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Bill and Weslie Janeway

American husband and wife philanthropists are to make a multi-million pound gift to the University of Cambridge to enhance the teaching and research of its prestigious Economics Faculty.

The Cambridge Animal Alphabet series celebrates Cambridge's connections with animals through literature, art, science and society. Here, E is for Elephant: an animal that takes pride of place in the Parker Library's manuscripts, is frequently in conflict with people in Thailand and parts of Africa, and is the focus of some important conservation projects.

Past research shows men find female faces more attractive at peak fertility. A new study shows an increased redness of women’s face skin at the most fertile point of ovulatory cycle, but just under the threshold for detectability, ruling out skin colouration as a driver of the attractiveness effect.

Over 5,000 miles separate Cambridge from Colombia. Yet an international event, hosted by the University of Cambridge’s Faculty of Education, may have a meaningful impact on a drawn-out peace negotiation process that aims to put an end to over fifty years of uninterrupted conflict in the South American country.

People talk about ‘data being the new oil’, a natural resource that companies need to exploit and refine. But is this really true or are we in the realm of hype? Mohamed Zaki explains that, while many companies are already benefiting from big data, it also presents some tough challenges.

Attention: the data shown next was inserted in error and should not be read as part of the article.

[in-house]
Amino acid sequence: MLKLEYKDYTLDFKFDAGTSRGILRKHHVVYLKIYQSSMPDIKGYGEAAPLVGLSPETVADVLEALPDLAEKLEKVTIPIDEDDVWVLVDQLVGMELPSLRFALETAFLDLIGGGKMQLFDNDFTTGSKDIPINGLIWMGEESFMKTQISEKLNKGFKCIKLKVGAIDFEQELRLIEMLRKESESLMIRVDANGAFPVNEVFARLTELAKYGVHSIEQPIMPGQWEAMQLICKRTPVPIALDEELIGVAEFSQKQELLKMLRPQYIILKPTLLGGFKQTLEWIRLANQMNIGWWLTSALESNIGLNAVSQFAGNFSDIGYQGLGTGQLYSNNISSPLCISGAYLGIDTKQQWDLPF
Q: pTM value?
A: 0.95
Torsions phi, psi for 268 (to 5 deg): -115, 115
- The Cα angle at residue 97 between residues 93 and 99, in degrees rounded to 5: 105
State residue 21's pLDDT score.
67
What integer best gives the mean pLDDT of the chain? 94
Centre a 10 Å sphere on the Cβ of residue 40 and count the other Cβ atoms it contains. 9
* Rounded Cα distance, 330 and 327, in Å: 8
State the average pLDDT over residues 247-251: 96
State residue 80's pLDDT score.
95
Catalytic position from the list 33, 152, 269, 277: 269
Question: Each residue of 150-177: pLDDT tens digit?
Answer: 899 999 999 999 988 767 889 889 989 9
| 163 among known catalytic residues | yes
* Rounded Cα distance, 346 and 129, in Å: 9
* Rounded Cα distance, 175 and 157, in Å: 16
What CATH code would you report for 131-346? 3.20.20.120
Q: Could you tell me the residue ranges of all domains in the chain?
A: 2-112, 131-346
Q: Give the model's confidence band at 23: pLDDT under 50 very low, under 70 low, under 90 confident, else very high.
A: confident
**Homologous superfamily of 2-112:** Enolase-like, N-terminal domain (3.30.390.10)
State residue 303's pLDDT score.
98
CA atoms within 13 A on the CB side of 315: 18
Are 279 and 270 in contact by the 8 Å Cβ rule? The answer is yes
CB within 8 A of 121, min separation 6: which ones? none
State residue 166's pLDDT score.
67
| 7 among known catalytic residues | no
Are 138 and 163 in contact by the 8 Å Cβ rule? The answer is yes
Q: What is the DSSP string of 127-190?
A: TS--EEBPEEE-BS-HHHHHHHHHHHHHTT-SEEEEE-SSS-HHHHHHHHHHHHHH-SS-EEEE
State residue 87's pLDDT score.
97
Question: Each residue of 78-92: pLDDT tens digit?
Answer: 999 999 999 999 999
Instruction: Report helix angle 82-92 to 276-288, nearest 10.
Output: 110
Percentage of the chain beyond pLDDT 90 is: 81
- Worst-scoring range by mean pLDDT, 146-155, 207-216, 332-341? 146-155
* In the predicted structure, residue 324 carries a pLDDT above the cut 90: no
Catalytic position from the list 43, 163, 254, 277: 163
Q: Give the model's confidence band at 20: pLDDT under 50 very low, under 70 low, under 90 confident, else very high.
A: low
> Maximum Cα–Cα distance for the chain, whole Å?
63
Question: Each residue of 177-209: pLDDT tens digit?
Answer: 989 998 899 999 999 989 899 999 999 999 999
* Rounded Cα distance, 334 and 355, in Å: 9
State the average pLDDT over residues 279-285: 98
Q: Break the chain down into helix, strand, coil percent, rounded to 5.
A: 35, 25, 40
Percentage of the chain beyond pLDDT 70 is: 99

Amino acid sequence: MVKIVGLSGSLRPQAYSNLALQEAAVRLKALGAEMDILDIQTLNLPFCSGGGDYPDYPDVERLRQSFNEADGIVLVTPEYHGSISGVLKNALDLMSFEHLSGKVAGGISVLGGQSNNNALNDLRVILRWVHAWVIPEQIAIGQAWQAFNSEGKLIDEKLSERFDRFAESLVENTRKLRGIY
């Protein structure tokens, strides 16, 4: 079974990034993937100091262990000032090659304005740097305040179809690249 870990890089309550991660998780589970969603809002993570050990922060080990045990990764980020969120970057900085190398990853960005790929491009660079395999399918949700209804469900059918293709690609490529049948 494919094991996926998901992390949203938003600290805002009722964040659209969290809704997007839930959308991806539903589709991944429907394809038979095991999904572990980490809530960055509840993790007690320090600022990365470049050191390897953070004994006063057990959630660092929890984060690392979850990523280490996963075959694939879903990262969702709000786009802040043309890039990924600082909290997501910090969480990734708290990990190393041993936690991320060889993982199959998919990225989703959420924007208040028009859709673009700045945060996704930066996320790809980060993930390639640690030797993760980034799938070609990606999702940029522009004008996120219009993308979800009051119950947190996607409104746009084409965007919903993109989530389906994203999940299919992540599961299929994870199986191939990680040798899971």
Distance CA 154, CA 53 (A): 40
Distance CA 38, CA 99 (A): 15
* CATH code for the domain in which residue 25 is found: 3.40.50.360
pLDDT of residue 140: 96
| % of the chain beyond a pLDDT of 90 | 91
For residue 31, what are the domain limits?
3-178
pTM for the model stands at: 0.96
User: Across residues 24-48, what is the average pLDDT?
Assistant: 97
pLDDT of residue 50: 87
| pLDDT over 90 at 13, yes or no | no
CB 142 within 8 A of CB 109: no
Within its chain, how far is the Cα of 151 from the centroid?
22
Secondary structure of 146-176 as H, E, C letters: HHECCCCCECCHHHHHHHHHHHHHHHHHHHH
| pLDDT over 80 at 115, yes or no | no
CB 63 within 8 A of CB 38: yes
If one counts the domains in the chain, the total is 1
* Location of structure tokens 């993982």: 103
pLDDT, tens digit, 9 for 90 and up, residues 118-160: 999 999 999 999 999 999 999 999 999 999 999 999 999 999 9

The University has retained an excellence award which demonstrates its commitment to improving the working conditions and career development of research staff.

AstraZeneca and the University of Cambridge today announced three new joint schemes to support more than 80 PhD scholarships and eight clinical lectureships over the next five years spanning translational science, basic and clinical research.

At any one time over half a million people are flying far above our heads in modern aircraft. Their lives depend on the performance of the special metals used inside jet engines, where temperatures can reach over 2000˚C. Cambridge researchers will be exhibiting these remarkable materials at this year’s Royal Society Summer Science Exhibition.

A newly-identified species of spike-covered worm with legs, which lived 500 million years ago, was one of the first animals on Earth to develop armour for protection.

An ‘exhausted’ army of immune cells may not be able to fight off infection, but if its soldiers fight too hard they risk damaging the very body they are meant to be protecting, suggests new research from the University of Cambridge.

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